Rating: 4.5 stars
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Sometime the best stories are those that are short and sweet, particularly when they are beautifully written, fast-paced, sexually charged, and leave one wanting a sequel. Against Reason, author Scarlet Blackwell’s new release, is all that and more.
Five years ago, Jack was left standing alone at the altar on his wedding day by a lover who left him for someone “younger and fresher.” Reeling from the embarrassment and loss, Jack shut himself completely off, allowing his OCD to kick into high gear and his life to become a lonely nightmare. Realizing that he needs someone to help with the upkeep of his sprawling mansion, Jack hires, then fires, Darius. Darius has had a run of bad luck and teeters on the edge of eviction if he cannot come up with two months rent immediately. Getting hired by Jack is just what he needs until he realizes that Jack is determined to push away any sign of happiness or loving gesture no matter how small or innocent.
The two men begin a war of emotions that run high, ultimately bringing them crashing together with near disastrous results. But Darius is determined that Jack understand he is not a mere rent boy interested in a place to stay or a quick one off, rather he discovers that he cares more and more deeply for Jack with every passing day and this realization makes Jack even more determined to run from Darius as far and as fast as he can.
I am not sure which man tore at my heart more. Jack was so wounded, lost in a sea of despair over losing his husband-to-be to another man, full of self-loathing, thinking he is worthless, ugly, and incapable of being loved and immersed in rituals that make him feel more frantic than calm with his OCD tendencies. He is ridiculed by the townsfolk called, “Mr. Haversham,” a reference to a Dickens character who was left at the altar, and rarely goes outside his home. Yet he longs for physical contact, nearly overwhelmed by his need to love and be loved. My heart just broke for this tortured man. Author Scarlet Blackwell writes Jack with a delicate hand, never flinching from his neurosis but ever careful to show his deep longing for someone to hold him and find him worthy.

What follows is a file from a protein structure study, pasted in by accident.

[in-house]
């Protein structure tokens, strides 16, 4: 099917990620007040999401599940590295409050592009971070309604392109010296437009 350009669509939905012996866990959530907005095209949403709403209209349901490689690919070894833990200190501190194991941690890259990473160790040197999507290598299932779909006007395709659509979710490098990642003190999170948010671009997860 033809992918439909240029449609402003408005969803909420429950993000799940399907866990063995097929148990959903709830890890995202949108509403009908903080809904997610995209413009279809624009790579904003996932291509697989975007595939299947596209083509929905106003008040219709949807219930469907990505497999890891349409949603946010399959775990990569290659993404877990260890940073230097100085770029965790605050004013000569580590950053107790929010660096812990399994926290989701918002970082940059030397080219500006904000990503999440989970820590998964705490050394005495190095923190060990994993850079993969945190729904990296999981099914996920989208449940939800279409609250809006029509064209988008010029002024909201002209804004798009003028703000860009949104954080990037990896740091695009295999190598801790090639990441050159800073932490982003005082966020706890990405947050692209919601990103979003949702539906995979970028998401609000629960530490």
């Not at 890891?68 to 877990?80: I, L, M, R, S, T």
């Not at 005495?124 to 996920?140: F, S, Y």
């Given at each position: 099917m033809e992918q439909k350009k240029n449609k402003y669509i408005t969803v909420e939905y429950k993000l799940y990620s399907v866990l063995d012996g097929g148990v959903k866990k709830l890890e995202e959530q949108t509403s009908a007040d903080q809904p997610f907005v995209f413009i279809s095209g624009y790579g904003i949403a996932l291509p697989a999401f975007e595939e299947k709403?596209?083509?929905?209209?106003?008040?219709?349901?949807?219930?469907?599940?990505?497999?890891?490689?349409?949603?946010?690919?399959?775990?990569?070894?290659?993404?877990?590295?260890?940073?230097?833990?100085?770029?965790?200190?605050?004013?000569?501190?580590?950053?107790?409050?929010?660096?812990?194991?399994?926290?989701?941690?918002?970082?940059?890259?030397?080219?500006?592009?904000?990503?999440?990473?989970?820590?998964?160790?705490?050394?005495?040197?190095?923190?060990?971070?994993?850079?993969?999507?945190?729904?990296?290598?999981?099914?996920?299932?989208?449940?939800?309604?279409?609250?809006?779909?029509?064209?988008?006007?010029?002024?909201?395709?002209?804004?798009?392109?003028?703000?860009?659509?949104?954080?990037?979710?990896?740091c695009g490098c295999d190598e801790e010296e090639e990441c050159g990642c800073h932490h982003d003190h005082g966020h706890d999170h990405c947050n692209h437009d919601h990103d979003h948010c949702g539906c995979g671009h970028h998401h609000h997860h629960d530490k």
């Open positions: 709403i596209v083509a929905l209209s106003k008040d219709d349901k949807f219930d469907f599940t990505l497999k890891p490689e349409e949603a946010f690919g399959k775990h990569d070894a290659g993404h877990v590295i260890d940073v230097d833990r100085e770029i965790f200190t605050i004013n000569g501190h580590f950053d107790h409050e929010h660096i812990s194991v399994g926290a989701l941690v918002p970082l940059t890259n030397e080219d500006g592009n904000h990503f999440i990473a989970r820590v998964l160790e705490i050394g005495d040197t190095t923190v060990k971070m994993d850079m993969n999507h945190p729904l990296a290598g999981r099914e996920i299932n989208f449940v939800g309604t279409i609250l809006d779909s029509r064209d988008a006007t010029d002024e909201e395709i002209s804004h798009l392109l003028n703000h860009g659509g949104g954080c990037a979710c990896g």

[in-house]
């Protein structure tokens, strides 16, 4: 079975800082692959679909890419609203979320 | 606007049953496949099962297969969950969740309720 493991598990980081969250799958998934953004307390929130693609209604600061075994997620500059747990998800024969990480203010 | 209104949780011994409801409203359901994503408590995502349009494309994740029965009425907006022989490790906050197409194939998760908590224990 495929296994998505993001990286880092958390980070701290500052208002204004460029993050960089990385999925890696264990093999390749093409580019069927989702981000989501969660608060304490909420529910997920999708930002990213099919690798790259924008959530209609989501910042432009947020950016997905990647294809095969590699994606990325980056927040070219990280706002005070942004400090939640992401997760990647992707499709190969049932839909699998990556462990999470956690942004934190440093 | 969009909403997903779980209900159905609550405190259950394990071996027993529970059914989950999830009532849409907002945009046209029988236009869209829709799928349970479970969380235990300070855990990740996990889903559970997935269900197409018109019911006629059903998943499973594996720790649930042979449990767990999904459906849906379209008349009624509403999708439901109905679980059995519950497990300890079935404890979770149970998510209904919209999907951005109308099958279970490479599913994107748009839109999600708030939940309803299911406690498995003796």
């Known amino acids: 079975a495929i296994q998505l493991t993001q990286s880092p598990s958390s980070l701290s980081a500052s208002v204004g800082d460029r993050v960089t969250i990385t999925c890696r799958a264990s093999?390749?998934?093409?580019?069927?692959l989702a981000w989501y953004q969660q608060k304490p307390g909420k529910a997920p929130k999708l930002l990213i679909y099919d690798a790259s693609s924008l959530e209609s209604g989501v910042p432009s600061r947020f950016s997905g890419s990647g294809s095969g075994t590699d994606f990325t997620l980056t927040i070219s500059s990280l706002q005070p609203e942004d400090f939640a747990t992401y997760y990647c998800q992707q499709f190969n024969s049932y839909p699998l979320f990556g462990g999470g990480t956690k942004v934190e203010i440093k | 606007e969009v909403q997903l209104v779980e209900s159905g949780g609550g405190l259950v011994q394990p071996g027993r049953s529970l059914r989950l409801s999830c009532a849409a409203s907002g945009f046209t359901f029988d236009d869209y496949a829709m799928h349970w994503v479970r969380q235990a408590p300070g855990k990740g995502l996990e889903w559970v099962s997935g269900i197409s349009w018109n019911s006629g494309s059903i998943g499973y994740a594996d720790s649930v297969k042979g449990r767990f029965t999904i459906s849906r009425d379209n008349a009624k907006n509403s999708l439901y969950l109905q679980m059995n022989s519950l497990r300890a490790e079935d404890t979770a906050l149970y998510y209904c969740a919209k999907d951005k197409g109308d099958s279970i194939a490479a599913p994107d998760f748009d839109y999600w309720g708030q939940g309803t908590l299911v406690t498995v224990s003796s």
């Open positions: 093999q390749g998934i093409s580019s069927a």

Then Blackwell goes one better and gives us Darius. While he remains more mysterious with his background never fully explained to my liking, he still resonates off the page as both a gentle and caring man who himself has been battered by life repeatedly. It is, however, the passages where the author allows us a glimpse of this man tenderly caring for the other, the meals in the kitchen, the casual brush of a finger against the other’s wrist, that speaks volumes about the character of Darius. He may be penniless and adrift but he has a humanity inside himself that is unbearably sweet and loving.
This story was a mere window into the lives of these two men, a glimpse of a future together and a hint at a loving forever partnership, yet it was so complete and enjoyable. Against Reason by Scarlet Blackwell is a beautiful story, rich with healing and sweet love.